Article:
There are several ways to lower the risks of heart attack, cardiovascular disease, blood vessel diseases, and stroke. Although it is important to watch the kind of food that goes into the body, many studies have shown that it may be equally as important to pay attention to the timing of meals. Here are three ways to boost cardiovascular health:
1. Meal Planning. According to a statement released by the American Heart Association, planning the meals and snacks that you have throughout the day can help lower the risks of cardiovascular disease. This is due to the metabolic rates of the body throughout the day.
2. Eating Breakfast Daily. Several studies have found correlations between increased cardiovascular health and people who consume breakfast regularly. There is a much lower risk of high cholesterol and high blood pressure associated with those who consume breakfast daily.
3. Lowering Food Consumption in the Evening. At night it is harder for the body to digest and process various foods. Many studies have shown that this may be due to a decreased metabolic rate in the evening. For this reason, lowering the amount of food eaten in the evening can lead to better cardiovascular health.
Using these methods to carefully plan meals and snacks for each day can help reduce the many risk factors surrounding cardiovascular disease including high blood pressure, high cholesterol, obesity, and insulin complications such as insulin resistance.

Author: ChiroPlanet.com
Source: Circulation, online January 30, 2017.


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Women: Want to Avoid Heart Failure? Try Walking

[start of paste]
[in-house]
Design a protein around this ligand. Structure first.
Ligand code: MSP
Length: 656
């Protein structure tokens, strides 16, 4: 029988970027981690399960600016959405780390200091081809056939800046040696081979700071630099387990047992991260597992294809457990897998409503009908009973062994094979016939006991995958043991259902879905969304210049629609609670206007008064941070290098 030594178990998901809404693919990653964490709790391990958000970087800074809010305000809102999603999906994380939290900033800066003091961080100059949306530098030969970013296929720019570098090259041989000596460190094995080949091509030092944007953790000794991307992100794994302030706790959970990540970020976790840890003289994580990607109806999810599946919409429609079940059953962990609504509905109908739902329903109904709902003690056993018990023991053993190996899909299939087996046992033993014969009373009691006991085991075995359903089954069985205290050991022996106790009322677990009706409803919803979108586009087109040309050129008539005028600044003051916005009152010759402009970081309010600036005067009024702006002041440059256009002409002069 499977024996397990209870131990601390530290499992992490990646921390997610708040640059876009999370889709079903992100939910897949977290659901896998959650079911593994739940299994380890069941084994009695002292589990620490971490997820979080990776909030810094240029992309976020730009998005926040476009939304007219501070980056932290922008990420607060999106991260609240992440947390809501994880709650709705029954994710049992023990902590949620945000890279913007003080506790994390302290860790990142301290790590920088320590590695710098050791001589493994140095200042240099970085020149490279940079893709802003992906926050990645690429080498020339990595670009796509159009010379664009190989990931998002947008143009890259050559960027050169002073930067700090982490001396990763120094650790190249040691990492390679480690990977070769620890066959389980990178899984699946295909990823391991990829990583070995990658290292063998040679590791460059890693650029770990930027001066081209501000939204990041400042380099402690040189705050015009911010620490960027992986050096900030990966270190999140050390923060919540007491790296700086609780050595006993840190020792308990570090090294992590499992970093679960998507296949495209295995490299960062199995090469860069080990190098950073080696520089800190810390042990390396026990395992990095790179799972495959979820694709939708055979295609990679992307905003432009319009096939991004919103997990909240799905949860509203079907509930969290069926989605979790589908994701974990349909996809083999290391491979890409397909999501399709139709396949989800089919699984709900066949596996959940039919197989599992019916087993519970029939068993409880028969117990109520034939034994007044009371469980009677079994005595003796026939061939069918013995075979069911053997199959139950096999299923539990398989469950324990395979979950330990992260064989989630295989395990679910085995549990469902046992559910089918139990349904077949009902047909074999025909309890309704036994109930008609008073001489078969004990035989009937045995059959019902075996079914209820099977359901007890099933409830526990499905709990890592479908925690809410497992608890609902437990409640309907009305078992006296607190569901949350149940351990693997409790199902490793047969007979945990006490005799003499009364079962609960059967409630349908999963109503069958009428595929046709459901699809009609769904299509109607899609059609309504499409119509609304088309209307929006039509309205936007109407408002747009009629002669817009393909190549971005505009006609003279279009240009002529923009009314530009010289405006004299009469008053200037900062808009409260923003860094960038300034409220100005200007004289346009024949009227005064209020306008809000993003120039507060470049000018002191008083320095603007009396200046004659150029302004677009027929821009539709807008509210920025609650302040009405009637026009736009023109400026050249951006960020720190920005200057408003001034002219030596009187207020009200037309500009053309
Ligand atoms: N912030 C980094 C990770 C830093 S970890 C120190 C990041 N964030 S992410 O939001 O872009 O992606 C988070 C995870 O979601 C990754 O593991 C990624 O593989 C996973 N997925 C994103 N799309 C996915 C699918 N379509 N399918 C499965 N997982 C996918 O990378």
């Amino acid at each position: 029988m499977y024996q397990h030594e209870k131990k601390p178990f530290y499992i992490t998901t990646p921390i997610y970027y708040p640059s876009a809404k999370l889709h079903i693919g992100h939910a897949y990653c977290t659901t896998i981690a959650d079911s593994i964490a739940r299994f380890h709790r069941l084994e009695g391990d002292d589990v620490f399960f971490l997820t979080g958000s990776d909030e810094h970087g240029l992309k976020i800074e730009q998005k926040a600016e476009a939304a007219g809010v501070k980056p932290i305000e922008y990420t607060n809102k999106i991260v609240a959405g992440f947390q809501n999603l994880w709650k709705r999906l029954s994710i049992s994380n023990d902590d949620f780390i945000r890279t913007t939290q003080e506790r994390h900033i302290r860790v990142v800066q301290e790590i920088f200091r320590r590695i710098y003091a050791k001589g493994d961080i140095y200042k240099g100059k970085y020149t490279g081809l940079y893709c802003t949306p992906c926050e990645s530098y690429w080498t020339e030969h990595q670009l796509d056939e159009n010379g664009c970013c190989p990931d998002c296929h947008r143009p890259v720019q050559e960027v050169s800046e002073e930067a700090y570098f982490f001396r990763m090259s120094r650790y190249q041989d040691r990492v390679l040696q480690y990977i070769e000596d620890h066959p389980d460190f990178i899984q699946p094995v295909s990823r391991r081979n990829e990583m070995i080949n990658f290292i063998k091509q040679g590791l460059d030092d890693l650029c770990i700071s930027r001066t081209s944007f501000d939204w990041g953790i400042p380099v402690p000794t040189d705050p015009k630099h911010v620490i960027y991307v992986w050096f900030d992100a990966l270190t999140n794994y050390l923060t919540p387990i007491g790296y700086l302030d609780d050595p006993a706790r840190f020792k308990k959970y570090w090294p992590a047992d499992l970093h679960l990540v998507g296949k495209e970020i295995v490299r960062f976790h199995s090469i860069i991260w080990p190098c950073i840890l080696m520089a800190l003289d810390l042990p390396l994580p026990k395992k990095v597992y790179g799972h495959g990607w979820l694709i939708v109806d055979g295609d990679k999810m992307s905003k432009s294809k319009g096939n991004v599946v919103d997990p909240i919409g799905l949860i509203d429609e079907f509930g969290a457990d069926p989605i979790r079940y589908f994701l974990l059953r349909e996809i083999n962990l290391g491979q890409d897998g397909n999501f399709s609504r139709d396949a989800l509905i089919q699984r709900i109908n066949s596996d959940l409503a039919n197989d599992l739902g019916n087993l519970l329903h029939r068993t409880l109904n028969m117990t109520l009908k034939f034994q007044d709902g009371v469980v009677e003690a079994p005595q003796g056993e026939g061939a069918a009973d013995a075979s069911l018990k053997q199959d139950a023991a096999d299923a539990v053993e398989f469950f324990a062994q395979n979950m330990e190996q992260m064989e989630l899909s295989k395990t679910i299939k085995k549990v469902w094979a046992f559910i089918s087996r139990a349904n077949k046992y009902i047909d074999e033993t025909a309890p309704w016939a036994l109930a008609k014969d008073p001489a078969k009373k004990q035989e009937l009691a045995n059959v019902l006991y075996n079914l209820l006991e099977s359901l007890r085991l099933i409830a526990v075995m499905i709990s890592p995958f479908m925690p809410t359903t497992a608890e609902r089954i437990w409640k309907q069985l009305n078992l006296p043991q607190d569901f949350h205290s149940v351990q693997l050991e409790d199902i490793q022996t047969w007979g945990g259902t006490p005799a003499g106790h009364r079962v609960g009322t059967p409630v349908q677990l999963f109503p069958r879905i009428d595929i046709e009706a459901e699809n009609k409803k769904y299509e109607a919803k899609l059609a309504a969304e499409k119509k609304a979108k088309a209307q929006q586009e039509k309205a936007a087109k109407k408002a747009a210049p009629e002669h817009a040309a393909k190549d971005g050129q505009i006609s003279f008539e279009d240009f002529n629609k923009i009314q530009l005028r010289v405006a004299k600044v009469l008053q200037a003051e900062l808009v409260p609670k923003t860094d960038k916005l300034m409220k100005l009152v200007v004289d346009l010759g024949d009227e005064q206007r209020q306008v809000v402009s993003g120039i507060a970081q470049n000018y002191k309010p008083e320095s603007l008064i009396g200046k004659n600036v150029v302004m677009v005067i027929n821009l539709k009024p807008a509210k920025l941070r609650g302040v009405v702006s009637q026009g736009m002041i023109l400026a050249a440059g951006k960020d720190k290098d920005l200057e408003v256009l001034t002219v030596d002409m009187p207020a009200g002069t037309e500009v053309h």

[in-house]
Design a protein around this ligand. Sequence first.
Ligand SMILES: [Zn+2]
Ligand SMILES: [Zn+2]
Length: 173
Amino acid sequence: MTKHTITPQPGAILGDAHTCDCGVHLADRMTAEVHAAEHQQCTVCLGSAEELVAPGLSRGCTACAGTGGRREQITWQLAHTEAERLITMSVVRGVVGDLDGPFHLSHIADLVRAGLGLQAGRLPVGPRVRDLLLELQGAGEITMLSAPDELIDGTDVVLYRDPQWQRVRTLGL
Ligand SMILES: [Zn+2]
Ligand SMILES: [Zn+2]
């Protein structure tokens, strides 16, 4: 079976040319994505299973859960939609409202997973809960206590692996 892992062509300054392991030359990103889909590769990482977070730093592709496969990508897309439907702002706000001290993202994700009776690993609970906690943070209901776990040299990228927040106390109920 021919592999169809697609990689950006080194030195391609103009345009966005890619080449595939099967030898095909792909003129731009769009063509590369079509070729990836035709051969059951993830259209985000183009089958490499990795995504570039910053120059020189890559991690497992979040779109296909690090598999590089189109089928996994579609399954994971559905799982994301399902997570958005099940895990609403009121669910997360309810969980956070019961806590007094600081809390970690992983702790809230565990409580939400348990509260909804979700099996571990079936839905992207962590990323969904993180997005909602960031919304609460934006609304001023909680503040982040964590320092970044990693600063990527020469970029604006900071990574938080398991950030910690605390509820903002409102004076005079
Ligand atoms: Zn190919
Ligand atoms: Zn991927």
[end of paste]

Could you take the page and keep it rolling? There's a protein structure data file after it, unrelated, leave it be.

New research suggests that women who exercise regularly, including walking, may lower their risk for heart failure. The study from researchers at the University of Buffalo in New York looked at over 137,000 women aged 50-79, of which over one-third had high blood pressure and other heart disease risk factors such as smoking and diabetes. After a follow-up period of 14 years, researchers found that the women who got some form of physical activity were less likely to suffer from heart failure (11%). Women with the highest levels of physical activity, meanwhile, were the least likely to suffer from heart failure (35%), as compared to women who got no exercise at all. In addition, women who got the most physical activity were the least likely to develop a sub-type of heart failure called reduced ejection fraction (32%) as compared to women who never exercised. 33% of the same group of women were also the least likely to develop another sub-type of heart failure called a preserved ejection fraction. One of the biggest findings from the study, however, is that walking works just as well as other forms of exercise, including more vigorous types. To discover how much exercise the women got, researchers studied answers to a questionnaire about exercise that every participant completed. As it turns out, walking was the most common type of physical activity reported.

Author: ChiroPlanet.com
Source: JACC: Heart Failure, online September 5, 2018.